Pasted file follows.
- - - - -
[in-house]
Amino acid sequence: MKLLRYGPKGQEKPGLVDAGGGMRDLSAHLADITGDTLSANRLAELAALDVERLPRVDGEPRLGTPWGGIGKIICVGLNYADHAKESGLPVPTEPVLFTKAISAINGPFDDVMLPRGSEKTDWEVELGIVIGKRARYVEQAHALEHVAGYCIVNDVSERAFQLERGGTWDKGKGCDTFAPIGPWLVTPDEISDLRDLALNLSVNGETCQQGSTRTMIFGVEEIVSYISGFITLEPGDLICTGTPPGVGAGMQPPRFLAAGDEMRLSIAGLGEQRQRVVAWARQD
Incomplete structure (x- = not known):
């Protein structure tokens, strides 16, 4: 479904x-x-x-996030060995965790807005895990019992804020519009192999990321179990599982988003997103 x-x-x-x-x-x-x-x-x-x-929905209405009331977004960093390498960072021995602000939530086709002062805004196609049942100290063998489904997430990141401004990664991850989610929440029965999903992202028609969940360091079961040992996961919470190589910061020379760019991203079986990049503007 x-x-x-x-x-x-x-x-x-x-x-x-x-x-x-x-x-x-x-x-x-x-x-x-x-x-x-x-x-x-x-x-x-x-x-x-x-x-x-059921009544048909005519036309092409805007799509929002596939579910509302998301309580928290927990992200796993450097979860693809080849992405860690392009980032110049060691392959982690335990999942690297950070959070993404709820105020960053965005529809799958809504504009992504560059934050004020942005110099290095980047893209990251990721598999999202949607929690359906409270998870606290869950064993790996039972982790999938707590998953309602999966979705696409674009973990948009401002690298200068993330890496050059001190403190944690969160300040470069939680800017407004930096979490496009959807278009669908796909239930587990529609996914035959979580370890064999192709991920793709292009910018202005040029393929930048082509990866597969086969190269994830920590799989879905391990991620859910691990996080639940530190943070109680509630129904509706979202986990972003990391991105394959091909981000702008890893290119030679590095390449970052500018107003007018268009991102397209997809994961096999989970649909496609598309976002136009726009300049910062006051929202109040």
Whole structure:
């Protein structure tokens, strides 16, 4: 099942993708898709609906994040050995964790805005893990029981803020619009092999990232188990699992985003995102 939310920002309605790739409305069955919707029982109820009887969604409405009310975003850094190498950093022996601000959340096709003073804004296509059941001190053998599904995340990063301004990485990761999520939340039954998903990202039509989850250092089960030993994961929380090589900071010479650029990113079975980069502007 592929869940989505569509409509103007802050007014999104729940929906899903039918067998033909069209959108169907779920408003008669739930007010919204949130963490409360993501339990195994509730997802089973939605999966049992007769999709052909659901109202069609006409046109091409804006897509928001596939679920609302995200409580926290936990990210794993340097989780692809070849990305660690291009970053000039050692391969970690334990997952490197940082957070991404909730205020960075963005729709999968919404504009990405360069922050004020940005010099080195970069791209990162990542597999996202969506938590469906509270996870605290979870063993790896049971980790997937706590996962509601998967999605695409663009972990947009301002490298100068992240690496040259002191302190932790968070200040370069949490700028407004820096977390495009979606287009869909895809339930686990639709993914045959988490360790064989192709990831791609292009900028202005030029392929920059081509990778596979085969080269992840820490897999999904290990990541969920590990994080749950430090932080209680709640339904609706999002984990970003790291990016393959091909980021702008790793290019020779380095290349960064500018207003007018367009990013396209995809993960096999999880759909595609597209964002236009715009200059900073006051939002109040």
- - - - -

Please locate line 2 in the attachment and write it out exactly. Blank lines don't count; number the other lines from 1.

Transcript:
Amino acid sequence: MKLLRYGPKGQEKPGLVDAGGGMRDLSAHLADITGDTLSANRLAELAALDVERLPRVDGEPRLGTPWGGIGKIICVGLNYADHAKESGLPVPTEPVLFTKAISAINGPFDDVMLPRGSEKTDWEVELGIVIGKRARYVEQAHALEHVAGYCIVNDVSERAFQLERGGTWDKGKGCDTFAPIGPWLVTPDEISDLRDLALNLSVNGETCQQGSTRTMIFGVEEIVSYISGFITLEPGDLICTGTPPGVGAGMQPPRFLAAGDEMRLSIAGLGEQRQRVVAWARQD